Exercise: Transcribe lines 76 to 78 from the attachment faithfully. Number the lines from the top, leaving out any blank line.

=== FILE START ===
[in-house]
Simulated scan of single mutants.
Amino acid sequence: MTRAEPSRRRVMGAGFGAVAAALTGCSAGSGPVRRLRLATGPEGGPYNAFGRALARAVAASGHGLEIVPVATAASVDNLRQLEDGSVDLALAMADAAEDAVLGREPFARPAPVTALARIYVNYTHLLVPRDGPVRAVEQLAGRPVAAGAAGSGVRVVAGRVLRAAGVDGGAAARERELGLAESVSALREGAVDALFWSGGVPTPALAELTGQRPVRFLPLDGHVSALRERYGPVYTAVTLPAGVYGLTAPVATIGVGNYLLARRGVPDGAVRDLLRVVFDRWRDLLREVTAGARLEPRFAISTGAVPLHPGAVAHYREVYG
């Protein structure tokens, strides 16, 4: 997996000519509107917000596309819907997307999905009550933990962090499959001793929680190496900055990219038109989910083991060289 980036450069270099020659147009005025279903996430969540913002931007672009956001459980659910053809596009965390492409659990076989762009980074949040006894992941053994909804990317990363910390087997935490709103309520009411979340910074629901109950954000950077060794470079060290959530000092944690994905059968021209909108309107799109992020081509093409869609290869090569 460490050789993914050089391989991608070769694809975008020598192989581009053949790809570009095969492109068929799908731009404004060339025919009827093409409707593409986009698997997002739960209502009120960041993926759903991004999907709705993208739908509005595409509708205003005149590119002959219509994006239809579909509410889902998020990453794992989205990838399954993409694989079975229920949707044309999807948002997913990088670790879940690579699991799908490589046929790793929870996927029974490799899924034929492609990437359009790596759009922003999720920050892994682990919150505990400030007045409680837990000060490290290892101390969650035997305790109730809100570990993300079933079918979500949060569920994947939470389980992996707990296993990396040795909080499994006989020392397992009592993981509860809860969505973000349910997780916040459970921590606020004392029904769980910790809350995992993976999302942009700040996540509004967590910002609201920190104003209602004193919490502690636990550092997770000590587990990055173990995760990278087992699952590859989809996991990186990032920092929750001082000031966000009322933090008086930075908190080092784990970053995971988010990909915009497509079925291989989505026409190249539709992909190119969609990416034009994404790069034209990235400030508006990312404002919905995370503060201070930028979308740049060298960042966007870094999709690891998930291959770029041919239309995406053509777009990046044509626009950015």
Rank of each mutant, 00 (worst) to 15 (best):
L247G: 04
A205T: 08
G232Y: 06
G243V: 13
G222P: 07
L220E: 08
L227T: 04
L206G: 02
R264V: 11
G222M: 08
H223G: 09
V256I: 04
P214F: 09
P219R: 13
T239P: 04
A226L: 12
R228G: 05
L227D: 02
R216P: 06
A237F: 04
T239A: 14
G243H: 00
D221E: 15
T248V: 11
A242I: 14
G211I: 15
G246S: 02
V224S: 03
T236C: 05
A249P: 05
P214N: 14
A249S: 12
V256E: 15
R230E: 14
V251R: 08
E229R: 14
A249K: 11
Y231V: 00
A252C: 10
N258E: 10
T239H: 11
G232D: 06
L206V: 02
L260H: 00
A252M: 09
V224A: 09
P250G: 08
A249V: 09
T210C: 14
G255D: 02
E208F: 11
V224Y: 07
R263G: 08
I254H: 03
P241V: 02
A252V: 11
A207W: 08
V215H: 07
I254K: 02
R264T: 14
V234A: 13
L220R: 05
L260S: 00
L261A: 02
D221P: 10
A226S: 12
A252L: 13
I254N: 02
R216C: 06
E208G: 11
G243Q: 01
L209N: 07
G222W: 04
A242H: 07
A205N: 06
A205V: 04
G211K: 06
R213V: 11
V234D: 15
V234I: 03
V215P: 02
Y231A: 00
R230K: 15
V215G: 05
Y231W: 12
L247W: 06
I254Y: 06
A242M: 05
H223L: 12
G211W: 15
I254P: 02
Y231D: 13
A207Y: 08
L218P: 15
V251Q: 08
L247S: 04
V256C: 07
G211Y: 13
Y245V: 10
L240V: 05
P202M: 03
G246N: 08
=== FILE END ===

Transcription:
G243Q: 01
L209N: 07
G222W: 04